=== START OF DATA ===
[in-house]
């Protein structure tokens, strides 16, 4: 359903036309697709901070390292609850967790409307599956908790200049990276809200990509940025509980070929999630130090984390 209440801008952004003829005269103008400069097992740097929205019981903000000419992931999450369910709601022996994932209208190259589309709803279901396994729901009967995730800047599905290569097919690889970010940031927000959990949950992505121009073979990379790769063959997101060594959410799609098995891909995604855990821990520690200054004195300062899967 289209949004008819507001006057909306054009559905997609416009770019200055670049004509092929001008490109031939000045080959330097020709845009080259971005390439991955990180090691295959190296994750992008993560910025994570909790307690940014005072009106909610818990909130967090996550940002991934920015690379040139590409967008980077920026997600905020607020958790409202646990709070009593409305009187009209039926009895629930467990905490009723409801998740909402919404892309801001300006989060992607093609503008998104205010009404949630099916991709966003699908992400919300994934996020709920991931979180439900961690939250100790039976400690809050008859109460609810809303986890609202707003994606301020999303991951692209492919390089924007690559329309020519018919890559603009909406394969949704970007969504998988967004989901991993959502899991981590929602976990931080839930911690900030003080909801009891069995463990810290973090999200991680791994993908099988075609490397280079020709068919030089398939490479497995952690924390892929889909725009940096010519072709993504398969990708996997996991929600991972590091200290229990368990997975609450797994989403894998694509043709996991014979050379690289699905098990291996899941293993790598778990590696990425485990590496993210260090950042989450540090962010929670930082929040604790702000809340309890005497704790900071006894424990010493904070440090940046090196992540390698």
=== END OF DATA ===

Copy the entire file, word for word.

[in-house]
């Protein structure tokens, strides 16, 4: 359903036309697709901070390292609850967790409307599956908790200049990276809200990509940025509980070929999630130090984390 209440801008952004003829005269103008400069097992740097929205019981903000000419992931999450369910709601022996994932209208190259589309709803279901396994729901009967995730800047599905290569097919690889970010940031927000959990949950992505121009073979990379790769063959997101060594959410799609098995891909995604855990821990520690200054004195300062899967 289209949004008819507001006057909306054009559905997609416009770019200055670049004509092929001008490109031939000045080959330097020709845009080259971005390439991955990180090691295959190296994750992008993560910025994570909790307690940014005072009106909610818990909130967090996550940002991934920015690379040139590409967008980077920026997600905020607020958790409202646990709070009593409305009187009209039926009895629930467990905490009723409801998740909402919404892309801001300006989060992607093609503008998104205010009404949630099916991709966003699908992400919300994934996020709920991931979180439900961690939250100790039976400690809050008859109460609810809303986890609202707003994606301020999303991951692209492919390089924007690559329309020519018919890559603009909406394969949704970007969504998988967004989901991993959502899991981590929602976990931080839930911690900030003080909801009891069995463990810290973090999200991680791994993908099988075609490397280079020709068919030089398939490479497995952690924390892929889909725009940096010519072709993504398969990708996997996991929600991972590091200290229990368990997975609450797994989403894998694509043709996991014979050379690289699905098990291996899941293993790598778990590696990425485990590496993210260090950042989450540090962010929670930082929040604790702000809340309890005497704790900071006894424990010493904070440090940046090196992540390698």